ISO IEC IEEE 29119-2 pdf download

ISO IEC IEEE 29119-2 pdf download

ISO IEC IEEE 29119-2 pdf download Software and systems engineering — Software testing — Part 2: Test processes
1 Scope
This document specifies test processes that can be used to govern, manage and implement softwaretesting for any organization, project or testing activity. It comprises generic test process descriptionsthat define the software testing processes. Supporting informative diagrams describing the processesare also provided.
This document is applicable to testing in all software development lifecycle models.
This document is intended for, but not limited to, testers, test managers,developers and projectmanagers, particularly those responsible for governing, managing and implementing software testing.
2Normative references
The following documents are referred to in the text in such a way that some or all of their contentconstitutes requirements of this document. For dated references,only the edition cited applies. Forundated references, the latest edition of the referenced document(including any amendments) applies.ISO/IEC/IEEE 12207,Systems and software engineering —Software life cycle processes
3 Terms and definitions
For the purposes of this document, the following terms and definitions apply.
ISO IEC and IE maintain terminology databases for use in standardization at the following addresses:- ISo online browsing platform: available at https://www.iso .org/oebp
—IEC Electropedia: available at https:/ / www.electropedia .org/
一 IEEE Standards Dictionary Online: available at https://ieeexplore .ieee .org/xpls/dictionary.jspNOTE For additional terms and definitions in the field of systems and software engineering, see ISO/IEC/IEEE 24765, which is published periodically as a “snapshot” of the SEVOCAB (Systems and software EngineeringVocabulary) database and is publicly accessible at https://www.computer.org/sevocab.
actual results
set of behaviours or conditions of a test item (3.42), or set of conditions of associated data or the testenvironment ([3.34), observed as a result of test execution (3.38)
Outputs to screen, outputs to hardware, changes to data, reports and communication messages
completion criteria
conditions under which the testing (3.61) activities are considered complete
dynamic testing
testing (3.61) in which a test item (3.42) is evaluated by executing it3.4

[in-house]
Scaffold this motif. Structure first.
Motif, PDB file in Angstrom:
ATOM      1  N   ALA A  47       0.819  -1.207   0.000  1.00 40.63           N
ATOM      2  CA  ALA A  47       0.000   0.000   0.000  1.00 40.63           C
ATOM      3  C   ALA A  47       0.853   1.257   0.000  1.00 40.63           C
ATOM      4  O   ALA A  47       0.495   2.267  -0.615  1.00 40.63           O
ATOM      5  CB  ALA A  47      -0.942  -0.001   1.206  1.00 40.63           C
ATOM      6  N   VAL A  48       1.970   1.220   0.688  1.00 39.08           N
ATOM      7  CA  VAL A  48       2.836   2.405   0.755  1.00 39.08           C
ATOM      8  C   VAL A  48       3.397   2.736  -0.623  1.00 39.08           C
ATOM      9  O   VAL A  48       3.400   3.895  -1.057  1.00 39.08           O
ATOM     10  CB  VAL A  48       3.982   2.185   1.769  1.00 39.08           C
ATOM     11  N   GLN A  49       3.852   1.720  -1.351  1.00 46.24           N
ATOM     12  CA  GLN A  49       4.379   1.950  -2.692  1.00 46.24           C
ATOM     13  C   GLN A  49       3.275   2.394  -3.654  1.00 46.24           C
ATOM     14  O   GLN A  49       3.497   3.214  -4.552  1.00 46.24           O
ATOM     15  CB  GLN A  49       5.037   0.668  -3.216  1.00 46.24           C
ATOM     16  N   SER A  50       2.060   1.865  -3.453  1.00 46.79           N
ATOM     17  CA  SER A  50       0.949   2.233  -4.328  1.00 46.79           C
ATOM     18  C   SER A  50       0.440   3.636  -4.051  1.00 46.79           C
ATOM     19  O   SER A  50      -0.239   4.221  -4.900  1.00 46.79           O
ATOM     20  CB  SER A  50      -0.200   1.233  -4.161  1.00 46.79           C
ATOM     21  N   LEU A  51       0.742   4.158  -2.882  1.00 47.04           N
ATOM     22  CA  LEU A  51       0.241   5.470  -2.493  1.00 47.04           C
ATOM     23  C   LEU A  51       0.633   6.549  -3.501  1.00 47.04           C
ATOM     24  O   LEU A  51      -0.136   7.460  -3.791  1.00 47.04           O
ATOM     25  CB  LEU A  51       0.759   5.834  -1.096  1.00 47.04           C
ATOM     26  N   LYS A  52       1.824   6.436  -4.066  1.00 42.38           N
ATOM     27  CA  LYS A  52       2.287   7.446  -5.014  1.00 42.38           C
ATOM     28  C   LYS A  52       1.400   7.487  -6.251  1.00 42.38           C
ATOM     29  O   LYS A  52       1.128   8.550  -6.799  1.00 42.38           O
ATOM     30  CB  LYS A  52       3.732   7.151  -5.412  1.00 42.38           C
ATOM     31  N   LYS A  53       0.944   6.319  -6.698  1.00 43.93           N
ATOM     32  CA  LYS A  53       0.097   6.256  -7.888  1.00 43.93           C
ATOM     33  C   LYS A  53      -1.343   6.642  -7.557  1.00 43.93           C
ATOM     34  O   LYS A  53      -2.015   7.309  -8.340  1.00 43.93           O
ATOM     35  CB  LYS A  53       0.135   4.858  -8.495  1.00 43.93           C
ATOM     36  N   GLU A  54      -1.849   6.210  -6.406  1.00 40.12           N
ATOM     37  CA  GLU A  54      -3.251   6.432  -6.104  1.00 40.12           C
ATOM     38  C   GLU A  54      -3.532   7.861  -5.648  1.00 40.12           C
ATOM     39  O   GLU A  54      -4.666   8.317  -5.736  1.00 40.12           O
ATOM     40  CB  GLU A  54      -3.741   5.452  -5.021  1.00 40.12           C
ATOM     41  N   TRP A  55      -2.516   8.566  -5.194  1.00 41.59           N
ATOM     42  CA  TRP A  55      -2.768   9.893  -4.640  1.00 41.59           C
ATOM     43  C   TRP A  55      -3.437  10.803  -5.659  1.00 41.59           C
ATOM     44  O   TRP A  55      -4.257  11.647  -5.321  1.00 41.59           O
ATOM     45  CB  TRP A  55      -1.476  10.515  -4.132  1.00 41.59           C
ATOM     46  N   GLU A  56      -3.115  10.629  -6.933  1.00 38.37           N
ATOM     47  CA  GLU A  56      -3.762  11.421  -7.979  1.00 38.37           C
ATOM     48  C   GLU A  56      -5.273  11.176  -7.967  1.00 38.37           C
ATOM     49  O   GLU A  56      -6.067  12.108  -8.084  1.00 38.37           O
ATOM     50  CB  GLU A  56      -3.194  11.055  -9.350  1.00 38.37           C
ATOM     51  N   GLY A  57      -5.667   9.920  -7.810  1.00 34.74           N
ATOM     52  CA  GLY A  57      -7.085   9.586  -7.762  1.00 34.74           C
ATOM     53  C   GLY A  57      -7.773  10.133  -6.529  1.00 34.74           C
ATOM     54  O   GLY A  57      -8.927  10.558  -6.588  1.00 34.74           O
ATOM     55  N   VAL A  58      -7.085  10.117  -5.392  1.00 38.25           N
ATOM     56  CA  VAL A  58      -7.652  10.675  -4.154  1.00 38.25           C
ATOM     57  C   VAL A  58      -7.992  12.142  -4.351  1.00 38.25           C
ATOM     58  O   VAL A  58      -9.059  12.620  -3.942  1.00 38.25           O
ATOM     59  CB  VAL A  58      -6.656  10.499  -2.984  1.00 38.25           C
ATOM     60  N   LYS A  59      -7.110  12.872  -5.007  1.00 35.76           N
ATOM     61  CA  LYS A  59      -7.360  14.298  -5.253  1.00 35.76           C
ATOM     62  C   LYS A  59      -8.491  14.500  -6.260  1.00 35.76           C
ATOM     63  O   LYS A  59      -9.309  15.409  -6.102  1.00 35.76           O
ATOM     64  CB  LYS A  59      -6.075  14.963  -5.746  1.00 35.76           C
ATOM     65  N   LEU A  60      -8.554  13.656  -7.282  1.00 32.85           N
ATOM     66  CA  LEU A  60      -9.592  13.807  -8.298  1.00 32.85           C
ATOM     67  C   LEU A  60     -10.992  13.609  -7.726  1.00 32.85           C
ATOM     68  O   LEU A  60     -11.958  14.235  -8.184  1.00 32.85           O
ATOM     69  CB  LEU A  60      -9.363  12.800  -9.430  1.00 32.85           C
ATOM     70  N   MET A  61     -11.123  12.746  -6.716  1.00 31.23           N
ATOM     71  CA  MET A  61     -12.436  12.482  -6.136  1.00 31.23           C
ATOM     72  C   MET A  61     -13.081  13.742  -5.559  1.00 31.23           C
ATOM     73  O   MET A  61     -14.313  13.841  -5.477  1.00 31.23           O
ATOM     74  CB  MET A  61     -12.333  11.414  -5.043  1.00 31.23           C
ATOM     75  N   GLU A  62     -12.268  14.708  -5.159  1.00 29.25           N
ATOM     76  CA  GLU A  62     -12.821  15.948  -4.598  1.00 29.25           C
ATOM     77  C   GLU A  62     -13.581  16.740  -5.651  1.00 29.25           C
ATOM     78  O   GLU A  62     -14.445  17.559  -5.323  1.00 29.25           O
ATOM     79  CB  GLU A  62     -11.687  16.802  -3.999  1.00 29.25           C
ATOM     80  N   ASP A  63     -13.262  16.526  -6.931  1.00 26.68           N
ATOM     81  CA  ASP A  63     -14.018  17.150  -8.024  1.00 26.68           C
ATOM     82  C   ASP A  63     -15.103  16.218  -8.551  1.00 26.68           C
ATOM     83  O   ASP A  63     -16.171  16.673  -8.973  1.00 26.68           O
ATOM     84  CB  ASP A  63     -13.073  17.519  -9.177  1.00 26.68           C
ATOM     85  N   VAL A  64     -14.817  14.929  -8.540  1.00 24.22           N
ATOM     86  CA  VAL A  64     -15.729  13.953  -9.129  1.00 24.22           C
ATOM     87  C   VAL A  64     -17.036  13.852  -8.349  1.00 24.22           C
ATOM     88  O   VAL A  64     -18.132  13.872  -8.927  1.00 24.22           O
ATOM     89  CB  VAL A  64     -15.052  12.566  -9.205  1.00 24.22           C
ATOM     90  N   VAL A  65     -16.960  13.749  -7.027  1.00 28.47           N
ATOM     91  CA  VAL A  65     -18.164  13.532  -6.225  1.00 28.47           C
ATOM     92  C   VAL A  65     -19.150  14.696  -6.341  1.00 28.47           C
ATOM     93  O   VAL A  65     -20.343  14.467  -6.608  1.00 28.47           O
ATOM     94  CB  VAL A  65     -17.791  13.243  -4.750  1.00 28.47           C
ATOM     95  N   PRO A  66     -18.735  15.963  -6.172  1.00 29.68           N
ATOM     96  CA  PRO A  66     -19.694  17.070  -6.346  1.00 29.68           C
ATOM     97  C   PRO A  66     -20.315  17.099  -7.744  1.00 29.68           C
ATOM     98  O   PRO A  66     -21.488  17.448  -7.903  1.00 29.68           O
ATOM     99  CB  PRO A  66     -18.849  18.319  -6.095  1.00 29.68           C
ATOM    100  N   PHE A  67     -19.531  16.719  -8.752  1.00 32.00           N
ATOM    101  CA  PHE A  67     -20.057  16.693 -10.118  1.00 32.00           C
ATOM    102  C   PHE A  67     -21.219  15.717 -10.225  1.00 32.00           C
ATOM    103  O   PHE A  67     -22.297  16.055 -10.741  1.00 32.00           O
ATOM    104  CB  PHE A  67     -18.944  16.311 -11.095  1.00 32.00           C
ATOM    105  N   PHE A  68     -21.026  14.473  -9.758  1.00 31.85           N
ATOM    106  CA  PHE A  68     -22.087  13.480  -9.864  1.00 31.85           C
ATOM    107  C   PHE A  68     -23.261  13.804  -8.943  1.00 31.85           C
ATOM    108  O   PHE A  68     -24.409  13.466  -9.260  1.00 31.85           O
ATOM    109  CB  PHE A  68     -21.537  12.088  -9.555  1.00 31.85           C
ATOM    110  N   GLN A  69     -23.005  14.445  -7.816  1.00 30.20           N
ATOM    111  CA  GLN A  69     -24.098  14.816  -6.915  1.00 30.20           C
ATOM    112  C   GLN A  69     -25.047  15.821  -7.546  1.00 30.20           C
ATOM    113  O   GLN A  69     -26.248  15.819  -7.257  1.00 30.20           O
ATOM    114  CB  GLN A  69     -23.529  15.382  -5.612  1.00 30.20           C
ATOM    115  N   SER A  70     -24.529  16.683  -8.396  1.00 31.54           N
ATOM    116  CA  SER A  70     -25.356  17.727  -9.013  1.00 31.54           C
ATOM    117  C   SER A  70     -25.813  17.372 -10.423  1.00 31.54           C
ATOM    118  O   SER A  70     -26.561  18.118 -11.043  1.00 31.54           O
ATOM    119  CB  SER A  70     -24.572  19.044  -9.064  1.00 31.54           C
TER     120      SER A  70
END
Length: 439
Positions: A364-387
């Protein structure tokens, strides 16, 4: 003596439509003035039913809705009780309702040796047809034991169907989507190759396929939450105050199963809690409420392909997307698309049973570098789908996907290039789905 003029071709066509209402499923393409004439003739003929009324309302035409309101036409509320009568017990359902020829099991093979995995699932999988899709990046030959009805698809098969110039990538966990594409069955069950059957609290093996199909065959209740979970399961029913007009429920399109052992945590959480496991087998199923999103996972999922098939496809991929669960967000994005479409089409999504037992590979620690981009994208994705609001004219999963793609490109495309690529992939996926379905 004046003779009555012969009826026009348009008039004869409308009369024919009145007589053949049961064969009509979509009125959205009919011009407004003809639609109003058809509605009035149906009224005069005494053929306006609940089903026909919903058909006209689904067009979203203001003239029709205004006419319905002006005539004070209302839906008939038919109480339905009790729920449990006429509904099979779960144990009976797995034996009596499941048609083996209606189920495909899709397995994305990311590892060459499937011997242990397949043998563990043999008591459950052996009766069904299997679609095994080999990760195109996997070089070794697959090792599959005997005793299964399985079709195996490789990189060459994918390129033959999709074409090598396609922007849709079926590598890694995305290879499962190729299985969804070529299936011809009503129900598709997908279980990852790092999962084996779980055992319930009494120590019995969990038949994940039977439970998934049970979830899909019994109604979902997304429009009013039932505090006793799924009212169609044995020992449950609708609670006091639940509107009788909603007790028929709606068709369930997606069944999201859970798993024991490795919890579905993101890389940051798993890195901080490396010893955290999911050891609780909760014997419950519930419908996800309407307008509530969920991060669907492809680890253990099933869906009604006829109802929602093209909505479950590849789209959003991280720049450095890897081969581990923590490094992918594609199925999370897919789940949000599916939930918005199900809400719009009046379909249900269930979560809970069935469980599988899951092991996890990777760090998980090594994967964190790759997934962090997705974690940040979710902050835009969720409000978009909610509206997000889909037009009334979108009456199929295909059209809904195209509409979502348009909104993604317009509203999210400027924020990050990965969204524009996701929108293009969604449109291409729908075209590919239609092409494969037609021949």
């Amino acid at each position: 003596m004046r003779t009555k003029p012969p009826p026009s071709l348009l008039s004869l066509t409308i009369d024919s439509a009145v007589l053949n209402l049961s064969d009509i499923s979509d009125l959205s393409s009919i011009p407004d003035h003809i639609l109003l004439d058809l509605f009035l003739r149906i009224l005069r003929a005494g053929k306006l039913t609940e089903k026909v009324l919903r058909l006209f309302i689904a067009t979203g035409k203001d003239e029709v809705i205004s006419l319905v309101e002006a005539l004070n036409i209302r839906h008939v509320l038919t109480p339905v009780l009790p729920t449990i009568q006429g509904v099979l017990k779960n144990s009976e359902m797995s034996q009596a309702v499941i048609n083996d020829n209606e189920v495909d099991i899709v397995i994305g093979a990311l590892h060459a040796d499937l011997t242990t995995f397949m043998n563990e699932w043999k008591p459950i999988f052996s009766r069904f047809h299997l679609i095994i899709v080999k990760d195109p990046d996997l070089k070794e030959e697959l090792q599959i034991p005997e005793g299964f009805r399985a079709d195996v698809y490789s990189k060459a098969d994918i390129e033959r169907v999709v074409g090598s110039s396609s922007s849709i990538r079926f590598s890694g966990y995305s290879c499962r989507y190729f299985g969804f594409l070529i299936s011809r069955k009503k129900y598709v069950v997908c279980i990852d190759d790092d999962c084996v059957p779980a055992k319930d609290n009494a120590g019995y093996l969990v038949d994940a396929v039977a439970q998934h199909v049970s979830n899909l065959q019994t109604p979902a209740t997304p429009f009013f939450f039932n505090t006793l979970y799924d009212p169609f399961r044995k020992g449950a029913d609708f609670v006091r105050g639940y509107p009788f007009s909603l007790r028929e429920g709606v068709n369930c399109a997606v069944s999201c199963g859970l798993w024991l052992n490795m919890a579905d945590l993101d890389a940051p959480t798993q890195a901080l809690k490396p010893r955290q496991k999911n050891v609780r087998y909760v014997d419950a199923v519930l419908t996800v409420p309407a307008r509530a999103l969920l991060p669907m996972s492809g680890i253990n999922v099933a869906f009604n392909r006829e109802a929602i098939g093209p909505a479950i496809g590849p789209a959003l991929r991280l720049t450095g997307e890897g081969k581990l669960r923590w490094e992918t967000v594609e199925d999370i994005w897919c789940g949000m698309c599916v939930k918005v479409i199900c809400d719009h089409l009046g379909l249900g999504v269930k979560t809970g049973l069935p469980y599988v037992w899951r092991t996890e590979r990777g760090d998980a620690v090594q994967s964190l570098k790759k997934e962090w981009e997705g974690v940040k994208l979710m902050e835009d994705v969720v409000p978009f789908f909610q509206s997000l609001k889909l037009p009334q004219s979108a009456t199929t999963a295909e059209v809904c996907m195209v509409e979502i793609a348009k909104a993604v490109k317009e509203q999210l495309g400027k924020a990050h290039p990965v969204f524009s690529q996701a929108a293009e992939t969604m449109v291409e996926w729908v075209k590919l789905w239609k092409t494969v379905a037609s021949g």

expected results
observable predicted behaviour of the test item (3.42) under specified conditions based on itsspecification or another source
exploratory testing
type of unscripted experience-based testing (3.61) in which the tester spontaneously designs andexecutes tests based on the tester’s existing relevant knowledge, prior exploration of the test item(3.42)(including the results of previous tests), and heuristic “rules of thumb” regarding common softwarebehaviours and types of failure
anomalous or unexpected event, set of events, condition, or situation at any time during the life cycle ofa project, product, service, or system
incident report
documentation of the occurrence, nature, and status of an incident (3.6)
Note 1 to entry: Incident reports are also known as anomaly reports, bug reports, defect reports, error reports,issues, problem reports and trouble reports, amongst other terms.
organizational test practices
documentation that expresses the recommended approaches or methods for the testing (3.61) to beperformed within an organization, providing detail on how the testing is to be performed
Note 1 to entry: The organizational test practices is aligned with the organizational test policy (3.52).
Note 2 to entry: An organization can have more than one organizational test practices document to covermarkedly different contexts, such one for mobile apps and one for safety critical systems.
Note 3 to entry: The organtzational test practices can incorporate the context of the test policy where no separatetest policy is available.
organizational test process
test process(3.55) for developing and managing organizational test specifications (3.10)3.10
organizational test specification
document that provides information about testing (3.61) for an organization, i.e. information that is notproject-specific
EXAMPLE The most common examples of organizational test specifications are the organizational test policy([3.52) and the organizational test practices ([3.8].
performance testing
type of testing (3.61) conducted to evaluate the degree to which a test item (3.42) accomplishes itsdesignated functions within given constraints of time and other resources
product risk
risk that a product can be defective in some specific aspect of its function, quality, or structure

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